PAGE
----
Calling it an economic spark for downtown, Springfield developers and officials expressed excitement during groundbreaking festivities for Hotel Vandivort. KSMU’s Scott Harvey has more on the plans for this historic structure, which is scheduled to open in mid-2014.
When complete, this independent boutique hotel at 305 East Walnut Street will offer 50 guest rooms, including multiple suite options; a large “social lobby” with library, fireplace, restaurant/bar; and meeting and event space including a grand ballroom; business center; and a fitness center. Not bad for a 107 year old structure that has seen many occupants throughout its history.
This property once served as a Masonic Temple. By next summer, it’s expected to be the newest face to Springfield’s revitalized downtown district. John McQueary is one of the owners.
“We really believe that our guests are gonna be seeking a true local experience when they come down here. And we’re gonna provide that to them by providing some great local products, some great service, and just a fantastic social atmosphere. And that’s what we’re after,” McQueary said.
McQueary, his wife Karen, along with his brother Billy, have been working on this project for the last two years.
Touting long-time and recent additions to downtown, Rusty Worley with the Urban District Alliance ran down a list of offerings available to future guests of Hotel Vandivort, including 36 restaurants, 23 pubs and clubs, 20 retail shops, 16 movie screens and five live theatre venues.
“It will attract a new clientele to downtown. A portion of that spending will be reinvested through the Community Improvement District and the core services that they provide. Ultimately we anticipate that this project will encourage future downtown development,” Worley said.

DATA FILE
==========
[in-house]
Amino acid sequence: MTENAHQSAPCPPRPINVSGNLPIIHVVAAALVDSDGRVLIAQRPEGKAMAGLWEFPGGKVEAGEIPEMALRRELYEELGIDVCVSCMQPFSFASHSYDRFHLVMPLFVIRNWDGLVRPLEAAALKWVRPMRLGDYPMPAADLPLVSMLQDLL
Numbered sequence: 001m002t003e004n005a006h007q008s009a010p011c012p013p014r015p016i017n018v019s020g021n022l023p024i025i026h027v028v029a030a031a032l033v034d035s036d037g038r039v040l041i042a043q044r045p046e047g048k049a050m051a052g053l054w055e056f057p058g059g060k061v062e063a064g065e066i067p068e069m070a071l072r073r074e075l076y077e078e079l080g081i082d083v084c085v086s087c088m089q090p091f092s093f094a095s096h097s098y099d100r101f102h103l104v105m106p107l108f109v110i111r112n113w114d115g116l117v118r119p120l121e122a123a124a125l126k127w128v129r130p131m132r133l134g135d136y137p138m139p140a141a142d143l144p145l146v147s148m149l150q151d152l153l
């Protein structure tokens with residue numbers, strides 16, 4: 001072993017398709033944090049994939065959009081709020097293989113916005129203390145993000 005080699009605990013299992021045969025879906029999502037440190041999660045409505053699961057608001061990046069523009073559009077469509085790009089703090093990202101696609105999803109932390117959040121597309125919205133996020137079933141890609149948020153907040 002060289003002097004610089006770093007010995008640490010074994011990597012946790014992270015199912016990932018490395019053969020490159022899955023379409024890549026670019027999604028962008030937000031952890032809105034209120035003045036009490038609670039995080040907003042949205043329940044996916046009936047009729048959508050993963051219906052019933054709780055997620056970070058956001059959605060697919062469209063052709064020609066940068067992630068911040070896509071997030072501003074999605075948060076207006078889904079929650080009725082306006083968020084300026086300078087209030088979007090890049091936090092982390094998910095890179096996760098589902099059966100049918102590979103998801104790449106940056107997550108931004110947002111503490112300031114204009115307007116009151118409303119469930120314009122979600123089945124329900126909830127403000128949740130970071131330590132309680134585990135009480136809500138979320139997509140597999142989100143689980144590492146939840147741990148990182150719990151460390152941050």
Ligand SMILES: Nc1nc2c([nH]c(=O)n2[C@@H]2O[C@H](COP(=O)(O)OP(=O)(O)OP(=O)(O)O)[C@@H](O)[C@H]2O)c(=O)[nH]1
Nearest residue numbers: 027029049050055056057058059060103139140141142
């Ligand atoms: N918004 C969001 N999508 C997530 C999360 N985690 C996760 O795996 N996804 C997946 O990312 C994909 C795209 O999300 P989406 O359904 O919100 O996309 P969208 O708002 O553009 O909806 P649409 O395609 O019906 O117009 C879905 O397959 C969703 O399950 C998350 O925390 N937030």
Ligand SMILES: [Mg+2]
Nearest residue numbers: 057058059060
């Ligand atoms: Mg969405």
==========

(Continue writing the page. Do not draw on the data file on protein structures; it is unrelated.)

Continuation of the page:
Worley added that the revitalization of center city is due to leaders like the McQuearys, who are willing to invest in the city’s historic places and reinvent for future generations to enjoy.
John Sellars is the executive director of the Springfield History Museum, located downtown. While he’s saddened by other historic elements that have been lost over the years, the effort to reinvent a century-old building in the Vandivort is truly special.
“Once they’re gone, they’re gone. And it’s incumbent on us if we can preserve, at least the exteriors of them, just for the general atmosphere of downtown, I think it’ll be beneficial in the long-term,” Sellars said.
Hotel Vandivort is also expected to provide between 50-75 full and part-time jobs upon its opening next summer.